Built in speakers isn't common on decent modern equipment, maybe some vintage record players, as apposed to turntables, and of course the cabinet models. There are small (slightly larger than a vhs tape) audio amplifies with preamps, that could output to small cd player type speakers you may have already or giant floor standers, though that doesn't sound like what you want. Do check reviews on amazon.
Are you at all interested in playing 78Rpm? My grandfather has allot of country from his on 78Rpm, such as Tennessee Ernie ford, some of it may be on 33/45, allot didn't get transferred as the genre changed just like allot music didn't make it from 33RPM to CD. Anyway I've found the desire to play 78RPM rather limits the options as far as new players are concerned. They are available but not near as many, so suggestions may be easier as options are fewer(if you insist on new).
If you can spot one at a yard sale or if thrift shops have decent prices on components in your area, you may check that out, I picked my player up from a yard sale for about $25, I later found that it seems to sell for about $120 on eBay, check the yard sales. Working with a small budget, I'd ask that you check your surround sound system, if you have one, mine has a phono input, so it can serve as the amp for my turntable, perhaps you'res does as well.
Dinner music you say? That's what 16RPM was for, not that I or likely anyone else will recommend that due to low audio quality and strange/rare parts, and limited selection.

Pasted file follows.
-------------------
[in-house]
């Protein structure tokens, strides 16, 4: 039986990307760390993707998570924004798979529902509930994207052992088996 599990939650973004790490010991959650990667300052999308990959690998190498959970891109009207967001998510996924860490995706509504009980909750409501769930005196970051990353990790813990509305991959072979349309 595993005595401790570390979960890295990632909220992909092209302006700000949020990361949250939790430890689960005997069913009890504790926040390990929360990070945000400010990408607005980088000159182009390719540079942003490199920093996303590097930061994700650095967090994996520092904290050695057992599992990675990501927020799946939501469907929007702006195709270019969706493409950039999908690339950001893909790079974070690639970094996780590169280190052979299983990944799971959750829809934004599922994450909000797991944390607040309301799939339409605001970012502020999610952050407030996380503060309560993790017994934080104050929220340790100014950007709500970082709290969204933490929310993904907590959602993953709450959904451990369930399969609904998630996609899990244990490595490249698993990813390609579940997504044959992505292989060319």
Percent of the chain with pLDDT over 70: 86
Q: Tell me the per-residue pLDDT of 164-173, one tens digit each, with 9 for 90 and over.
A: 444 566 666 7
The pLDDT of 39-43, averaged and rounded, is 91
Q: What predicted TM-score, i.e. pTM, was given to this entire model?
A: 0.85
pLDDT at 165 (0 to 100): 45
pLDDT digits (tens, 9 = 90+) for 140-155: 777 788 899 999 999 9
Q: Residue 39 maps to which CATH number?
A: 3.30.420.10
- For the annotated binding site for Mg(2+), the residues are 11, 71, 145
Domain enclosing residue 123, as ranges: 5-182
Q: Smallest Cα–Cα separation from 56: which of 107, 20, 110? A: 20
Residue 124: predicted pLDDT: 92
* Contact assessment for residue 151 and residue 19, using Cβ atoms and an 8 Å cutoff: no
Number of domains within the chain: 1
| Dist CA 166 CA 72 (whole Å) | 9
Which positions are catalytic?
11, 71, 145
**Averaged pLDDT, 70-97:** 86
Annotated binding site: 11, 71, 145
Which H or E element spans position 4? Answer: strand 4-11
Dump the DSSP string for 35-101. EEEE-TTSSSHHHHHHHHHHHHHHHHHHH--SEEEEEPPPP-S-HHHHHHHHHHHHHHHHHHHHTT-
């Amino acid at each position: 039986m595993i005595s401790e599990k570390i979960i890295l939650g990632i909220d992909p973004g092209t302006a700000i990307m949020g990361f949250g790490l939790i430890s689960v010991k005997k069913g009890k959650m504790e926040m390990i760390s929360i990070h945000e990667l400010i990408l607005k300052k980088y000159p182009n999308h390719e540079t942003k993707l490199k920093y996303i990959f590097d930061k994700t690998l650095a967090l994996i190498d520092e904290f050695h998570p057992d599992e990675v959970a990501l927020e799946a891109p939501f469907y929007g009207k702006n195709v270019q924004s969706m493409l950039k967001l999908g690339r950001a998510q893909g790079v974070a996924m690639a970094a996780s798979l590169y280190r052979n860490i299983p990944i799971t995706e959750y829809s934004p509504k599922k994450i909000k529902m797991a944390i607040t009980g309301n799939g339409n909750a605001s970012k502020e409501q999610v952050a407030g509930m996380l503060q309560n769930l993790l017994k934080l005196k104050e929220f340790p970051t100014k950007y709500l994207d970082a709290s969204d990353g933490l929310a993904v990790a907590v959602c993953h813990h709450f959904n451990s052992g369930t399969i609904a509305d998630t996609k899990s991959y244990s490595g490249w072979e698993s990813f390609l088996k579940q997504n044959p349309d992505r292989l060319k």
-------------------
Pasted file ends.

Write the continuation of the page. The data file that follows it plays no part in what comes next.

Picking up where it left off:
If you're wanting somewhat continuous music you may look into a older record changer (don't know of any modern examples), they have a spindle that drops the next record on the stack when the previous is played, they were especially common with 45RPM. From what I hear the properties are quite large and land is cheap in the south, at least compared to the west coast, so if you have the room, a cabinet type record player may be exactly what you're looking for, and most don't want them because of how much room they take so they tend to show up for sale cheap, however they provided space for storing records, some had decent players built in, tended to be record changers, also they had a radio, and built in speaker(s). Some are very nice looking, and they tend to be 4-speed so they can play just about any record you can find. I've seen some selling for $30, if you can find one locally to avoid the shipping fees, it sounds like what you may be looking for. They also tend to have ceramic flip over needles which are convenient if you have allot of 78rpm as well as 33, however I've read that many of them can be refitted a newer magnetic cartridge as more or less drop in replacements to improve the sound, not that I've heard a cabinet with sound so bad as to insist on finding a way to improve it. You can always use a mp3 player fm transmitter for a car to make any cabinet table become a giant wireless speaker for a phone/other, I only bring this side note up as some look to junk them thinking they are only good for playing records.
One thing to consider with an old player however is that idler wheels on idler drive tables can wear out and I've seen some replacements at the $100 range, so check if it's an idler drive and like any belt or idler drive table if the typical maintenance parts are readily available. Some idler drives were especially bad but like anything there were good and bad models. As far as newer stuff, make sure whatever you consider does not have the pfanstiehl p-188 cartridge which is what the crossly and it's army of clones use, their arms make it onto non-clones occasionally as well.
Perhaps if you can find a used crosley type that properly maintains speed, you could spend about $30 to get a decent modern tone arm for it, again using cd type portable speakers, or put said modern arm on a cabinet table, as the removable universal head shells would make some old cabinets vastly easier to replace needles in, although you would likely loose the record changer functionality on the cabinet.